Local democracy is going on trial in Florida Tuesday. That’s when opening arguments in the lawsuit being brought by the gun lobby against Tallahassee Mayor Andrew Gillum will be heard by Florida’s First District Court of Appeals.
The trial is also a test of the state’s super-preemption law – laws created to intimidate local, and often more progressive, lawmakers from passing and enforcing ordinances that reflect the values and needs of their communities.
Mayor Gillum explained what’s at stake on a post on Medium:
I’m being personally sued by the gun lobby. In 2014, as a Tallahassee City Commissioner, my colleagues and I refused to repeal ordinances that prevent shooting guns in a public park. Because of our actions that day, and our commitment to the safety of our citizens, my fellow locally elected officials and I are facing fines of $5,000 per vote, damages up to $100,000, and the potential to be removed from our elected jobs by the Governor of Florida. We have also been forced to find our own lawyers to defend us in Court.”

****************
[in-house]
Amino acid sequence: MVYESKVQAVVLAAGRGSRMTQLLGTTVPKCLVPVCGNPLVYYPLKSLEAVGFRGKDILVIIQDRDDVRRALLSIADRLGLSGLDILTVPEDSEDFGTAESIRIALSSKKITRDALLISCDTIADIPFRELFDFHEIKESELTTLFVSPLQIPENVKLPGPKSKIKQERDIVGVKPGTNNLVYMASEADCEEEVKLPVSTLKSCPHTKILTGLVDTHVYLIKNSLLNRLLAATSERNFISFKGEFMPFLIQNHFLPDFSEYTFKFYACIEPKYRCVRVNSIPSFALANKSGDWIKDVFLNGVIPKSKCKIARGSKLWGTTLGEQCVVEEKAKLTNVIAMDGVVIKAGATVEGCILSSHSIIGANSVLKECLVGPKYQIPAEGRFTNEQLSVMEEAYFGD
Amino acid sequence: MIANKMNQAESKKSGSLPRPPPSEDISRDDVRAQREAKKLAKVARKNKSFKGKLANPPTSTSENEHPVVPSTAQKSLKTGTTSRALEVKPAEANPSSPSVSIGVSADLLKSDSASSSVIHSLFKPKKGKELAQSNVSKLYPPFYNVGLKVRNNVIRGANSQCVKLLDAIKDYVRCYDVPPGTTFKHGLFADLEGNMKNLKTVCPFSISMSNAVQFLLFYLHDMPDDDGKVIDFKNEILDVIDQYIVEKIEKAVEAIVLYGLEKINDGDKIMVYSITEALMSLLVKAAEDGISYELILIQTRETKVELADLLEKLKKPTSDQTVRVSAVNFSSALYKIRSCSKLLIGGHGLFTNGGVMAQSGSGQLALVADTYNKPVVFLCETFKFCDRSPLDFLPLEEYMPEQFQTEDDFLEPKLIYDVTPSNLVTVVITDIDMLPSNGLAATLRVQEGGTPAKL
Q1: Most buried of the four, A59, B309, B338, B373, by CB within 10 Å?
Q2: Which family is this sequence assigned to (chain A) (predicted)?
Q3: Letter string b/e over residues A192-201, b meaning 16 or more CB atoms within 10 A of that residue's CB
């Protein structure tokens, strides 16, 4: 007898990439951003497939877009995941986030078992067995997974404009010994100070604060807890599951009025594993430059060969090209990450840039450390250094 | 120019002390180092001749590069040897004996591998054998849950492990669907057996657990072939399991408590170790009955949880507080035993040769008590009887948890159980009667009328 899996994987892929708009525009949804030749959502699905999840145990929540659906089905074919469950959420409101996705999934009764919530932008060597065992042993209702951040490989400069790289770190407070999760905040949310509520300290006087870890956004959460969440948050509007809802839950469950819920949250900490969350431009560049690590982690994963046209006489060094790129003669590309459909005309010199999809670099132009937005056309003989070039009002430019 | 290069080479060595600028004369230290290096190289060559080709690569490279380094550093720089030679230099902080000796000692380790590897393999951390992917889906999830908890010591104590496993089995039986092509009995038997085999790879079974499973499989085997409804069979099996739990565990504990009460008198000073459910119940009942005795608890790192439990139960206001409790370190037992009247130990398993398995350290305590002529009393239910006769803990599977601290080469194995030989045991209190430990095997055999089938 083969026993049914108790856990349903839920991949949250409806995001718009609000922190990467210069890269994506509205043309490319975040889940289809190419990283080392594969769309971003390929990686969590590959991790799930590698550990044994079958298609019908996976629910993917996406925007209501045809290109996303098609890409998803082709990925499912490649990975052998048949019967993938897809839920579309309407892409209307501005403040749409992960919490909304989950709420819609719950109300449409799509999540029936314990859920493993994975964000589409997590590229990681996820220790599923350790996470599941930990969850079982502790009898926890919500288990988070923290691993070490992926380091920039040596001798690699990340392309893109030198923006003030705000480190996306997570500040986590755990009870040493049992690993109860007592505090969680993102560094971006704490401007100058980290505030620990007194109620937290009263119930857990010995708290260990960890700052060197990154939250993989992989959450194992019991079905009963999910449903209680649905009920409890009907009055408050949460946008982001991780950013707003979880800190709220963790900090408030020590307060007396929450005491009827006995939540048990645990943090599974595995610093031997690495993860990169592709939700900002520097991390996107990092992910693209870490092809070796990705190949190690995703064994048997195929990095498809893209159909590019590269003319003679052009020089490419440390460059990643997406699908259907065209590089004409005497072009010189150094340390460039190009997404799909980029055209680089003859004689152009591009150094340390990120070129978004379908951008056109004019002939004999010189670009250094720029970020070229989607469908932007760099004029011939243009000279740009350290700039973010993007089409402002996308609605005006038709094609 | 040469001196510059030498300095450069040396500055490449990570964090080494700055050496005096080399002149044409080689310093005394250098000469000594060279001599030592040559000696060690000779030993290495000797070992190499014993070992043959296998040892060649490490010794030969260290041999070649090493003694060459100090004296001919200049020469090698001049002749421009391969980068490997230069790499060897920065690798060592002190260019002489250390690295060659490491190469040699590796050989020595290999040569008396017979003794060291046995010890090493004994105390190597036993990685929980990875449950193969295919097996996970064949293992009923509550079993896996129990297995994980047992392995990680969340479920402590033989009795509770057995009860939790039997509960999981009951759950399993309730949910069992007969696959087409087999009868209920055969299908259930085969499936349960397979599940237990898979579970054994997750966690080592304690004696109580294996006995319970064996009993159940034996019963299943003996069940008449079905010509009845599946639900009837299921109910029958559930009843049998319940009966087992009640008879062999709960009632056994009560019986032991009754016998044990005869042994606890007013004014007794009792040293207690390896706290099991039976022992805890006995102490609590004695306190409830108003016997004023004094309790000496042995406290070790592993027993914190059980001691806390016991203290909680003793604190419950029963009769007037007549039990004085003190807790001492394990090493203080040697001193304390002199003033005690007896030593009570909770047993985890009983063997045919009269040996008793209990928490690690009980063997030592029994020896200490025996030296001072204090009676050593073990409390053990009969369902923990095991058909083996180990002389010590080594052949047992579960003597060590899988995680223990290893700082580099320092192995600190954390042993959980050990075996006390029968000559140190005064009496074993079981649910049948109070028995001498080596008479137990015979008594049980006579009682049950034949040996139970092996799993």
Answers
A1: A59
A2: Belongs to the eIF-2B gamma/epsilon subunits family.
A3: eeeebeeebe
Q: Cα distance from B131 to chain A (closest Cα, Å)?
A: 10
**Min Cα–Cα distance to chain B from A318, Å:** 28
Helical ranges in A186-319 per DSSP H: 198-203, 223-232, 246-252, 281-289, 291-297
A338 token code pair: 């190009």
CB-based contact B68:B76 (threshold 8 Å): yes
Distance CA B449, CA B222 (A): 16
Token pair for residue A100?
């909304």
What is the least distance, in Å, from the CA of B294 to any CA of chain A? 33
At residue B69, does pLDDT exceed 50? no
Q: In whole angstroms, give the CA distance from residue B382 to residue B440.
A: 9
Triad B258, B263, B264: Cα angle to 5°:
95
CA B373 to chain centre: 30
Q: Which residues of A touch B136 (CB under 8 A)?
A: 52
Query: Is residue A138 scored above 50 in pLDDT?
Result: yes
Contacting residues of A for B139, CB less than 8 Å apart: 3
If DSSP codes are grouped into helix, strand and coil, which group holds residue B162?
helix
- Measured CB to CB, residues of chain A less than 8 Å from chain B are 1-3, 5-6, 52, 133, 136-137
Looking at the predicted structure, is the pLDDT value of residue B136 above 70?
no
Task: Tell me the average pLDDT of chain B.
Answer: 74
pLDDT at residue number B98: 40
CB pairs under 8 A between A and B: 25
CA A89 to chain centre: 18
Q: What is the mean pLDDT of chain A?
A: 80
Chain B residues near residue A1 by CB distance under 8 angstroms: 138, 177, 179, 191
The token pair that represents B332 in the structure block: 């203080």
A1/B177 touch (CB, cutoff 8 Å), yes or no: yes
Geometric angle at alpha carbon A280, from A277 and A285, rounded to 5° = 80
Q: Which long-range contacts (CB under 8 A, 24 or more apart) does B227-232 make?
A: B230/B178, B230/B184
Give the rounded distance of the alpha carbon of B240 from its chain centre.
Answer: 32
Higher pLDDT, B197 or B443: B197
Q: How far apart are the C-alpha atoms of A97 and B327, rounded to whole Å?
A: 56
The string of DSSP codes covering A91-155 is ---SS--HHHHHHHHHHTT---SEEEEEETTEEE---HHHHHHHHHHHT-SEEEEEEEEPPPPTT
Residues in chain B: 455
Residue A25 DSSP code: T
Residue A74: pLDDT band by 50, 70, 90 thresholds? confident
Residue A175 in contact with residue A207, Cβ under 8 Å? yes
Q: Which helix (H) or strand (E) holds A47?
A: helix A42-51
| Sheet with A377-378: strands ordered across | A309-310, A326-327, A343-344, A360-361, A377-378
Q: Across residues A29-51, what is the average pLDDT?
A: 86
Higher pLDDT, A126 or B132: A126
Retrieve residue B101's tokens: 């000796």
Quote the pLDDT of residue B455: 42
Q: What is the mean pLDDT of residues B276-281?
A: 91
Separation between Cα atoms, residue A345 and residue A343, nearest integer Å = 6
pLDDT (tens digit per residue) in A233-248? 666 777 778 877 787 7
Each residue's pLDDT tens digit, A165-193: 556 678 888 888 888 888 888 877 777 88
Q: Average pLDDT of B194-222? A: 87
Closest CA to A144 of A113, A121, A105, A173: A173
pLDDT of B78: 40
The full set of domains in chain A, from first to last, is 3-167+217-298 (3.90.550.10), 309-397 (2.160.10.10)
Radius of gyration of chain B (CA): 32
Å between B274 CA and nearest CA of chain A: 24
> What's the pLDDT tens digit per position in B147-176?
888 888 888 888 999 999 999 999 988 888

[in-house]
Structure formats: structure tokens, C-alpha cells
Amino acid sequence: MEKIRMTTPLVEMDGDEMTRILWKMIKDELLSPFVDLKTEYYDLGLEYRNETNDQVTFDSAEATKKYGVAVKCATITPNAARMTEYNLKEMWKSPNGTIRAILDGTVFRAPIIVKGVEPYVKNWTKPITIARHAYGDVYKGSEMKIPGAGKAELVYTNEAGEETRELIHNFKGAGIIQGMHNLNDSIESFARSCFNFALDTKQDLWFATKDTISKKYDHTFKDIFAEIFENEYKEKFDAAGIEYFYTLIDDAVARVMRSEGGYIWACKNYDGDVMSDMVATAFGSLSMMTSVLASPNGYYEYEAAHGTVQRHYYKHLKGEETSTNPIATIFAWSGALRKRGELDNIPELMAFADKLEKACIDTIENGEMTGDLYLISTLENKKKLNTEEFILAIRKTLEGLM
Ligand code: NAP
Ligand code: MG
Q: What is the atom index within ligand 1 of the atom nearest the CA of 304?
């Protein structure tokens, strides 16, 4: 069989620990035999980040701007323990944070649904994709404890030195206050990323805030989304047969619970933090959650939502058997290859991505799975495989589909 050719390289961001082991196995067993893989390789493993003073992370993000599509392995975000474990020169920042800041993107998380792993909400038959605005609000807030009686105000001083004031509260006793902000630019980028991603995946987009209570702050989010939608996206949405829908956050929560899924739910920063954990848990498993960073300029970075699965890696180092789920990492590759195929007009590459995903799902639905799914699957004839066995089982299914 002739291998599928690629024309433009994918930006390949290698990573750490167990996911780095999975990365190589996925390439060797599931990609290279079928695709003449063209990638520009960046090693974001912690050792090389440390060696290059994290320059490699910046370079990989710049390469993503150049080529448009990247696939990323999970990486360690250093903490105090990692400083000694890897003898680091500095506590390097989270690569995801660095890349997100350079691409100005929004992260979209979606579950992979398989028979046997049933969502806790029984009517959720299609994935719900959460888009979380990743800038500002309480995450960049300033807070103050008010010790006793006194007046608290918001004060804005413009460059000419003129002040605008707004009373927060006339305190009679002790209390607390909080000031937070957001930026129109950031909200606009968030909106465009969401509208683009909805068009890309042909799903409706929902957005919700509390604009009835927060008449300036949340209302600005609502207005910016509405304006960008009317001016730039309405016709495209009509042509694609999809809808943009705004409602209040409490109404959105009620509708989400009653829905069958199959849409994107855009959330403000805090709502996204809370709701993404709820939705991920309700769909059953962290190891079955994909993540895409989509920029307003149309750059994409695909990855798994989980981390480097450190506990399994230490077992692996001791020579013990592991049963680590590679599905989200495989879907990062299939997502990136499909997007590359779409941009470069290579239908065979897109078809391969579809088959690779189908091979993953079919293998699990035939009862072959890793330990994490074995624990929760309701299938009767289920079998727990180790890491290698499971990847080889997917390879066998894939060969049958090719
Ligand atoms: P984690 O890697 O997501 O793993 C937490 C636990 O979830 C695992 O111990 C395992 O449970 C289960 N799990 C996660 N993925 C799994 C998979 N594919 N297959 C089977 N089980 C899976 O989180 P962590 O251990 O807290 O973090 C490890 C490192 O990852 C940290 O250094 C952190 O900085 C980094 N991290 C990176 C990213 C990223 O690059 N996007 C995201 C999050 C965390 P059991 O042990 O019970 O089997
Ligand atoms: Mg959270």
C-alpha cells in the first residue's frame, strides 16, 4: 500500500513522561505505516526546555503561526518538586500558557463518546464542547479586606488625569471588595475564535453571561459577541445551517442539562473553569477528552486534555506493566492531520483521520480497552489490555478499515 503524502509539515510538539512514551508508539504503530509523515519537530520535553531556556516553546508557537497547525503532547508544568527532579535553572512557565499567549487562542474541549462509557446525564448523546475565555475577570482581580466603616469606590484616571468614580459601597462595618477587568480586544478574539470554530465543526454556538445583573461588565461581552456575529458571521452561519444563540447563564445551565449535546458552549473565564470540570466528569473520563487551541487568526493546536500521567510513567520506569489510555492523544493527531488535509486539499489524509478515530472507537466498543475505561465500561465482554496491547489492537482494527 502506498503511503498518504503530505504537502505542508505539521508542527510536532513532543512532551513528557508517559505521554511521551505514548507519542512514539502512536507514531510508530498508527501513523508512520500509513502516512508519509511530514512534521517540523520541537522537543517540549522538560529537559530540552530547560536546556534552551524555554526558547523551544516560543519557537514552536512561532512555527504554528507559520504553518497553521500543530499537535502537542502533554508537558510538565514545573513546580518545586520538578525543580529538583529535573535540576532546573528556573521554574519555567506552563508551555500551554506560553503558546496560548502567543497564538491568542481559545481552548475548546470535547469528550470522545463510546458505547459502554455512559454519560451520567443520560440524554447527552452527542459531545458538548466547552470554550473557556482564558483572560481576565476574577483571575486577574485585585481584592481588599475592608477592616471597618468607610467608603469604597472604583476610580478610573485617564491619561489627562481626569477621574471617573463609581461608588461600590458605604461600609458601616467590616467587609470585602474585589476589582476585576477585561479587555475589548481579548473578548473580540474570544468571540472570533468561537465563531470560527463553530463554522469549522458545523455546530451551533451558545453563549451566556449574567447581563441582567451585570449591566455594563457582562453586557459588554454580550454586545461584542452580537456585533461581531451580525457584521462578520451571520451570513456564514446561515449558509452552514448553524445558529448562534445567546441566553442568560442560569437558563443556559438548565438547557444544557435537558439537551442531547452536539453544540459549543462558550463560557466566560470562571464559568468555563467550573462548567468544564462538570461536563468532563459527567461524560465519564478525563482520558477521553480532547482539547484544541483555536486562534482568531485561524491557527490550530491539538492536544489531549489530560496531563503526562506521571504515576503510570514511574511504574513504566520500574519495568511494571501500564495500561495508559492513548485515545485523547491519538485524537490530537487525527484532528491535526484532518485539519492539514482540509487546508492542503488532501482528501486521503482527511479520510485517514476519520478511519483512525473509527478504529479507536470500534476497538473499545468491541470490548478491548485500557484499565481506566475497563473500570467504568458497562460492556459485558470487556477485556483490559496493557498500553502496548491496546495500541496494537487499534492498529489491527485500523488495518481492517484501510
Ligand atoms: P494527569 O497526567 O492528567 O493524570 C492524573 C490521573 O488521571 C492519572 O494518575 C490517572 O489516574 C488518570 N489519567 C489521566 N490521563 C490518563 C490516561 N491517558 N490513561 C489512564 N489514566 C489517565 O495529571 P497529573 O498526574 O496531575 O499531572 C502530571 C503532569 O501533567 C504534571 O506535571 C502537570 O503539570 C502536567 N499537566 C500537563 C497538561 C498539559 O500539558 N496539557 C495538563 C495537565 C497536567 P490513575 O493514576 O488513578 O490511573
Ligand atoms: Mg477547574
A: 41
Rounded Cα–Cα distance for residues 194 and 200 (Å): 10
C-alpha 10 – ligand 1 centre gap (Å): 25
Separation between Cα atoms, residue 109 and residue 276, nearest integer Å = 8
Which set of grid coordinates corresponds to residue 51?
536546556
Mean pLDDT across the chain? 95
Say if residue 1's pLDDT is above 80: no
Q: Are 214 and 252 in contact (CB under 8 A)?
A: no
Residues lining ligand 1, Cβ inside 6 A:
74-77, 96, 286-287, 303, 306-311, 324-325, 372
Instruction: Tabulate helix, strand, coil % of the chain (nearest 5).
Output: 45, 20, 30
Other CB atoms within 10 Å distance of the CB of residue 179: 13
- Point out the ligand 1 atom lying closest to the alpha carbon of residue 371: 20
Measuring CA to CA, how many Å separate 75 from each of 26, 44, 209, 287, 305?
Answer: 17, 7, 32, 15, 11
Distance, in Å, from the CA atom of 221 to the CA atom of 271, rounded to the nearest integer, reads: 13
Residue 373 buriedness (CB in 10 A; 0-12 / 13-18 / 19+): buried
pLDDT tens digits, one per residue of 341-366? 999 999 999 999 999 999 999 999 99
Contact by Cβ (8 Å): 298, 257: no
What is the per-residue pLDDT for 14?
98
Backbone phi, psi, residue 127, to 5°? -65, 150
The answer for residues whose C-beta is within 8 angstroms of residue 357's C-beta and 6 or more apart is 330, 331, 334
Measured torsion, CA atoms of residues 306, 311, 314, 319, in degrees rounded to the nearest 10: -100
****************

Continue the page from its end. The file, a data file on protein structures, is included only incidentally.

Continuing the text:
The oral argument in the Mayor’s case starts at 9:00 am on Tuesday January 10, 2017 and can be watched live here.
Gillum explained the suit isn’t about guns, but about “huge special interests, in this case the National Rifle Association (NRA), spending big money to take away local voices and local control, using tactics called preemption and super-preemption. It’s also about how these special interests and corporations, after getting their way with state government, are trying to intimidate and bully local communities by filing damaging lawsuits against officials like me. Like your local commissioners. Like your local councilmembers. Like your Mayor. And like you. It’s wrong, it’s cowardly, and unfortunately, it seems to be getting worse; especially in places with far-right conservative state governments.”
No other state preemption law in the country goes as far as Florida’s, according to a recent article in City Lab. Arizona’s S.B. 1487 targets local governments by withholding matching funds from those that pass ordinances or regulations that contradict state law. But, according to Ben Beach, legal director for the Partnership for Working Families, the Florida firearms statute alone holds individual lawmakers personally responsible for their votes on local regulations.
Mayor Gillum is using the occasion of the court hearing to launch the Campaign to Defend Local Solutions, a nonpartisan coalition of mayors, commissioners, and council members working to protect local government interests against state legislature interference.